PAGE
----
Monday, December 17, 2012
Bring a little Christmas cheer to those young and old who will be spending this holiday in the hospital by donating an ornament to HOPE Ornaments.
Living with a high blood pressure disease that has caused blackouts and seizures, Lyzzi Elliott, 28, of Grayslake, has spent several holidays in a place no one wants to be—a hospital. She's made it her mission to bring Christmas cheer to others in the same situation, by collecting holiday ornaments to donate to hospitals throughout Illinois and Wisconsin. Elliott said she was inspired to establish HOPE Ornaments seven years ago after bringing an ornament to her friend's daughter, who was hospitalized with leukemia. "The moment she saw the ornament she smiled, and it changed everything," said Elliott, who understands what it's like to be stuck in a hospital bed for the holidays instead of celebrating at home with family and friends. Elliott…
Saturday, April 23, 2011
We want to recognize local children who have done great things in our Whiz Kid column. Know someone we should recognize? Tell us.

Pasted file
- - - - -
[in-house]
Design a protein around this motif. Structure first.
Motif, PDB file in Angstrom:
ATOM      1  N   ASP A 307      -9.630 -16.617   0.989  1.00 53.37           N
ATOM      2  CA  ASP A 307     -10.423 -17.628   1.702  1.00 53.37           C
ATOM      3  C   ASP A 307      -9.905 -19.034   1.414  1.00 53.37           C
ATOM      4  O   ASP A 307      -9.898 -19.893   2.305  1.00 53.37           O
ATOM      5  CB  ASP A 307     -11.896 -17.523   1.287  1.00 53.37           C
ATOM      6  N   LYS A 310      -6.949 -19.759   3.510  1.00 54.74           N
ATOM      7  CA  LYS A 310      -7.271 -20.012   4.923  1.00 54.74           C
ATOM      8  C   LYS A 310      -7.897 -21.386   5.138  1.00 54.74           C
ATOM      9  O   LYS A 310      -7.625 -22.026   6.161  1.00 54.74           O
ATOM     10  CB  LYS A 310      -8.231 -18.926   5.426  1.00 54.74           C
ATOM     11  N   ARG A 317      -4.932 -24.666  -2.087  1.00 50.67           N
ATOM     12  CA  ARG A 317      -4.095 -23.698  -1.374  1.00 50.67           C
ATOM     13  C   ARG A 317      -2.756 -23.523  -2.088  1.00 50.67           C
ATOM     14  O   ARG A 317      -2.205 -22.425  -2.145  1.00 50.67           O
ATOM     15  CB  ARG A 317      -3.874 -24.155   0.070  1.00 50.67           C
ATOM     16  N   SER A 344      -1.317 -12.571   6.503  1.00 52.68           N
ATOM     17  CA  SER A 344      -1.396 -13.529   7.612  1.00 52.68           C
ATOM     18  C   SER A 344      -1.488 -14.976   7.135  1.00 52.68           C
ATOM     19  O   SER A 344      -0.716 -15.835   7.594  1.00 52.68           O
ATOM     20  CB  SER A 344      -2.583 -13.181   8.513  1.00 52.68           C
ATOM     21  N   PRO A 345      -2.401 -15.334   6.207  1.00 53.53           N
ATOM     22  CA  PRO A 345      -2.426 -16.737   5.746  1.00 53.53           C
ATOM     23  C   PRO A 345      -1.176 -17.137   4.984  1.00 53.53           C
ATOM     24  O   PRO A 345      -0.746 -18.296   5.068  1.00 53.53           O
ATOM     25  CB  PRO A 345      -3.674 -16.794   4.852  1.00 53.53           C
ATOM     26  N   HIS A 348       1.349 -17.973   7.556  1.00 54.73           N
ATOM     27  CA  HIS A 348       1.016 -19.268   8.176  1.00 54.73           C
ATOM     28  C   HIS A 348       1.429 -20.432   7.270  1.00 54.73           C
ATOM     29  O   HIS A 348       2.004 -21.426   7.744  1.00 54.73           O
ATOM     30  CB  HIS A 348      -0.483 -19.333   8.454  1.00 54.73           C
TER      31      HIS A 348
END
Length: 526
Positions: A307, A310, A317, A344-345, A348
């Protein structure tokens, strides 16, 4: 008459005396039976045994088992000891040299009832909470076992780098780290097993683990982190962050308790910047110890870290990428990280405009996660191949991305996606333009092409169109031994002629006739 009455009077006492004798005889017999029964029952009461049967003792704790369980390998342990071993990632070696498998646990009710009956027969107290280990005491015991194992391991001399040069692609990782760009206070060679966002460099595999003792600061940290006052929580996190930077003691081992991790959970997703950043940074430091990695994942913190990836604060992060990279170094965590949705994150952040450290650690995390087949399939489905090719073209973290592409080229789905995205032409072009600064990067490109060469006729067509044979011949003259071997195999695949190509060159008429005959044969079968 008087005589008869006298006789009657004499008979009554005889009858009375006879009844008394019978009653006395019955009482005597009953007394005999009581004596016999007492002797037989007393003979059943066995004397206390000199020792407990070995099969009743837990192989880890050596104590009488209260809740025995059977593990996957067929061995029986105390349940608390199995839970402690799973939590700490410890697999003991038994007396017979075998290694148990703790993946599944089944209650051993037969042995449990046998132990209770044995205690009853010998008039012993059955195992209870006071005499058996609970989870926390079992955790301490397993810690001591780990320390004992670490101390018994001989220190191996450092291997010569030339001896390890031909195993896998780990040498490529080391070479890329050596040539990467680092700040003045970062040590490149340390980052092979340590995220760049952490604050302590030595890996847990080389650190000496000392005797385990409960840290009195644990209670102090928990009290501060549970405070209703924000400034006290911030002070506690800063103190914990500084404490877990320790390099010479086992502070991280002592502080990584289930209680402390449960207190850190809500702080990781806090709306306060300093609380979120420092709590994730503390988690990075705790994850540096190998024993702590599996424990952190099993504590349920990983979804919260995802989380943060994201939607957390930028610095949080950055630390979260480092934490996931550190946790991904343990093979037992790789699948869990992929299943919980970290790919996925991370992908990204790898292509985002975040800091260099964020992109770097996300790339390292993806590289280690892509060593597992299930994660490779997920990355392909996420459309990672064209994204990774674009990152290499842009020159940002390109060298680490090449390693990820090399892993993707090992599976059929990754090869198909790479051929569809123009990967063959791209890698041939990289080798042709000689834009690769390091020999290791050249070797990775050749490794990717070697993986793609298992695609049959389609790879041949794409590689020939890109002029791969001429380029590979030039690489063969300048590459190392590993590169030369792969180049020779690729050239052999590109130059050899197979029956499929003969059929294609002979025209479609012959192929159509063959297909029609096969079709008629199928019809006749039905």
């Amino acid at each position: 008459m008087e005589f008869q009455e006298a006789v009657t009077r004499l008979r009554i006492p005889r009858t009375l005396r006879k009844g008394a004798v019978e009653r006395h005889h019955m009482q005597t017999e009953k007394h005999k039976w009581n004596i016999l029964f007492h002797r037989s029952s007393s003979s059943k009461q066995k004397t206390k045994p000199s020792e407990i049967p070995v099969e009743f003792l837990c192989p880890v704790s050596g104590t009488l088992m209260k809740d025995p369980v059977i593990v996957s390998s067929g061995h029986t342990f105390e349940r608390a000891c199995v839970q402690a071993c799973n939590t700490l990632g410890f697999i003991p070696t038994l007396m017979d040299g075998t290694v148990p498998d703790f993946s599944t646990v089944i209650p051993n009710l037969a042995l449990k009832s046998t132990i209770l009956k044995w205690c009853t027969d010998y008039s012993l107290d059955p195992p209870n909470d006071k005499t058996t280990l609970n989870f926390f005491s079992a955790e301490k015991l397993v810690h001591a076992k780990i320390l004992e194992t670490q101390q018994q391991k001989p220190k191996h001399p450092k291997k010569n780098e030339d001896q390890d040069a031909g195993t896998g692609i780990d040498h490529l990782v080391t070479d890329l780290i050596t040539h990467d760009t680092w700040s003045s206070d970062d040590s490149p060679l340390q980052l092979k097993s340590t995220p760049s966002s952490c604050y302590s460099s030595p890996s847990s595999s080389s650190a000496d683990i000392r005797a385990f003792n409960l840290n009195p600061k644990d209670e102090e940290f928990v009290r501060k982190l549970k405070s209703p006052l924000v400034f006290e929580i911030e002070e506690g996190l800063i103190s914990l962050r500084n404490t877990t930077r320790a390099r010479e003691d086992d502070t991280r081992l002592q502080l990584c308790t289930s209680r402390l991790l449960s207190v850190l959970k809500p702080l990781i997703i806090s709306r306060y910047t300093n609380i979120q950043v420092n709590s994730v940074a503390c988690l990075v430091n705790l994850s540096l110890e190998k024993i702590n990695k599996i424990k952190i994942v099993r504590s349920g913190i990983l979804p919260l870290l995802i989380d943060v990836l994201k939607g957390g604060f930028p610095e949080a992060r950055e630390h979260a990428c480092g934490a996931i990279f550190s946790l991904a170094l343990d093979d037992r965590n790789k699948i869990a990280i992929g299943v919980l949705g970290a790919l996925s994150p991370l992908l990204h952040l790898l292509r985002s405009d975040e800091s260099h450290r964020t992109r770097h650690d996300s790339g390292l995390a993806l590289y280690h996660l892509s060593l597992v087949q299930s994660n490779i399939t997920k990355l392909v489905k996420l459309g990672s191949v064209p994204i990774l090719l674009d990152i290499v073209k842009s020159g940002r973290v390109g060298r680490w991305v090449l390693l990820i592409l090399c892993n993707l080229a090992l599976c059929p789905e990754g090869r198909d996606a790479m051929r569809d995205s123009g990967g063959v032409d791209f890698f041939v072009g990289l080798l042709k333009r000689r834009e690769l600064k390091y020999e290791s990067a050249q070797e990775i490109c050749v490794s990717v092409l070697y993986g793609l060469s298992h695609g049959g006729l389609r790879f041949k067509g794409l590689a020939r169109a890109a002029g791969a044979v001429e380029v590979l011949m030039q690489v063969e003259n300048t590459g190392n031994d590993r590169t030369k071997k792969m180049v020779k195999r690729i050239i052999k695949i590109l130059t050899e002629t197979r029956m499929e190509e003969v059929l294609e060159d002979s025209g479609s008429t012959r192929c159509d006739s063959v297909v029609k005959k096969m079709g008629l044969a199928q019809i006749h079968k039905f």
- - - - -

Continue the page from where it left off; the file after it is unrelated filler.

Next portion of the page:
- THE NEIGHBORHOOD FILES
Saturday, April 23, 2011
Whiz Kids of the Week: Laila, Emmy and Bria Verber Accomplishment: The three sisters donated a total of 33 inches of hair to Locks of Love, a non-profit organization in Florida that provides children under 21 with a custom, vacuum-fit, hair prosthetic. The girls' mother, Bridget Verber, cut the girls' hair into matching graduated bobs. Keys to Success: The girls wanted to donate their hair, and they did it together for all the right reasons. It wasn't a quick process. The Verber girls waited a long time to do what they did. Laila had waited since she was born, Emmy waited three years and Bria, two years. The hair cuts came last weekend. The girls were excited that their hair could hopefully bring a smile to another boy or girl who no …
Wednesday, February 16, 2011
"You can never replace parents, but we get as close as we can," said the director of a charity that connects Lake County families with Kenyan orphans.
What started with an idea of wanting to help, grew to supporting 11 orphaned children in Kenya has now grown to provide for the physical, educational and emotional needs of 92 orphans who are connected one-to-one with American sponsors. Those children now feel they have a family, thanks to a charity called Oasis for Orphans. "We are creating story cards on each child," said Executive Director Scott Hayward of Grayslake. "We learn about their journey and share that with their sponsors here. It is intentionally very personal. These kids feel the difference. We're creating this bridge from here to there." "You can never replace parents," he added, "but we get as close as we can." Oasis for Orphans works with "total orphans" or children who …